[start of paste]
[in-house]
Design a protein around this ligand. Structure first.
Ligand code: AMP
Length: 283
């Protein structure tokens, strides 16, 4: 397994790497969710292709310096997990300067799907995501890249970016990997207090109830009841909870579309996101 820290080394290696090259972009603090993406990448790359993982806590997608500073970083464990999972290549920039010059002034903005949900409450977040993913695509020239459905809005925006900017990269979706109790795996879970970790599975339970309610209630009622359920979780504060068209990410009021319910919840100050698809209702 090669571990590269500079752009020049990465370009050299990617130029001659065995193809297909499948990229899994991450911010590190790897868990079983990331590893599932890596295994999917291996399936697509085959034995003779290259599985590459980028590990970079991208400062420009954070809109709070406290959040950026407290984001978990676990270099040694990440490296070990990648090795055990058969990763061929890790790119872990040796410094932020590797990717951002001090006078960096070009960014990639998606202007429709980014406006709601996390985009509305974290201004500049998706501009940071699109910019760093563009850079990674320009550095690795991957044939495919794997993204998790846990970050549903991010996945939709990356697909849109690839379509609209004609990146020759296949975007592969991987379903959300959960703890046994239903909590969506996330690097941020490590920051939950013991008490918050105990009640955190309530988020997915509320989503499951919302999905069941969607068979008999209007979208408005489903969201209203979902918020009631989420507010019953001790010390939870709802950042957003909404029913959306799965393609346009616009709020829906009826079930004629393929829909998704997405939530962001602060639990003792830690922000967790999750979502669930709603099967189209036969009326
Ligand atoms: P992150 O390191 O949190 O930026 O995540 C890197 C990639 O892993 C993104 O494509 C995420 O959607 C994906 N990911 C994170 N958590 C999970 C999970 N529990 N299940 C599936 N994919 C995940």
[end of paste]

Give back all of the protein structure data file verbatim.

[in-house]
Design a protein around this ligand. Structure first.
Ligand code: AMP
Length: 283
């Protein structure tokens, strides 16, 4: 397994790497969710292709310096997990300067799907995501890249970016990997207090109830009841909870579309996101 820290080394290696090259972009603090993406990448790359993982806590997608500073970083464990999972290549920039010059002034903005949900409450977040993913695509020239459905809005925006900017990269979706109790795996879970970790599975339970309610209630009622359920979780504060068209990410009021319910919840100050698809209702 090669571990590269500079752009020049990465370009050299990617130029001659065995193809297909499948990229899994991450911010590190790897868990079983990331590893599932890596295994999917291996399936697509085959034995003779290259599985590459980028590990970079991208400062420009954070809109709070406290959040950026407290984001978990676990270099040694990440490296070990990648090795055990058969990763061929890790790119872990040796410094932020590797990717951002001090006078960096070009960014990639998606202007429709980014406006709601996390985009509305974290201004500049998706501009940071699109910019760093563009850079990674320009550095690795991957044939495919794997993204998790846990970050549903991010996945939709990356697909849109690839379509609209004609990146020759296949975007592969991987379903959300959960703890046994239903909590969506996330690097941020490590920051939950013991008490918050105990009640955190309530988020997915509320989503499951919302999905069941969607068979008999209007979208408005489903969201209203979902918020009631989420507010019953001790010390939870709802950042957003909404029913959306799965393609346009616009709020829906009826079930004629393929829909998704997405939530962001602060639990003792830690922000967790999750979502669930709603099967189209036969009326
Ligand atoms: P992150 O390191 O949190 O930026 O995540 C890197 C990639 O892993 C993104 O494509 C995420 O959607 C994906 N990911 C994170 N958590 C999970 C999970 N529990 N299940 C599936 N994919 C995940």